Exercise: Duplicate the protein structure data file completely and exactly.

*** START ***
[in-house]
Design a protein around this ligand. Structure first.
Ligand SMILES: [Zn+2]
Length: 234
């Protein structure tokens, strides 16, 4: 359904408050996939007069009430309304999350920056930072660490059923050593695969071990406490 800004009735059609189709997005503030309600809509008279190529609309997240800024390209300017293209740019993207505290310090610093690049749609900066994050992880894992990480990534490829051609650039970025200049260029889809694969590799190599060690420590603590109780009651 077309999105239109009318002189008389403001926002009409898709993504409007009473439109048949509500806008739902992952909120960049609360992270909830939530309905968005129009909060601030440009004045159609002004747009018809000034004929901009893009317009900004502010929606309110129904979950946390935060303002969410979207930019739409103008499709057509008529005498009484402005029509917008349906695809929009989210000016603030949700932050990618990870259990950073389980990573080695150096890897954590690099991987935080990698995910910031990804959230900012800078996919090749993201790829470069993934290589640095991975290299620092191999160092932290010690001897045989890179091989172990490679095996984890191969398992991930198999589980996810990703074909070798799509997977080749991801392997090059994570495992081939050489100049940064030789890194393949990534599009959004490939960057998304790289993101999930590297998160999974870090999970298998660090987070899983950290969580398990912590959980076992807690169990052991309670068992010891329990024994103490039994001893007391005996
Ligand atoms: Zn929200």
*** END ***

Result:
[in-house]
Design a protein around this ligand. Structure first.
Ligand SMILES: [Zn+2]
Length: 234
């Protein structure tokens, strides 16, 4: 359904408050996939007069009430309304999350920056930072660490059923050593695969071990406490 800004009735059609189709997005503030309600809509008279190529609309997240800024390209300017293209740019993207505290310090610093690049749609900066994050992880894992990480990534490829051609650039970025200049260029889809694969590799190599060690420590603590109780009651 077309999105239109009318002189008389403001926002009409898709993504409007009473439109048949509500806008739902992952909120960049609360992270909830939530309905968005129009909060601030440009004045159609002004747009018809000034004929901009893009317009900004502010929606309110129904979950946390935060303002969410979207930019739409103008499709057509008529005498009484402005029509917008349906695809929009989210000016603030949700932050990618990870259990950073389980990573080695150096890897954590690099991987935080990698995910910031990804959230900012800078996919090749993201790829470069993934290589640095991975290299620092191999160092932290010690001897045989890179091989172990490679095996984890191969398992991930198999589980996810990703074909070798799509997977080749991801392997090059994570495992081939050489100049940064030789890194393949990534599009959004490939960057998304790289993101999930590297998160999974870090999970298998660090987070899983950290969580398990912590959980076992807690169990052991309670068992010891329990024994103490039994001893007391005996
Ligand atoms: Zn929200």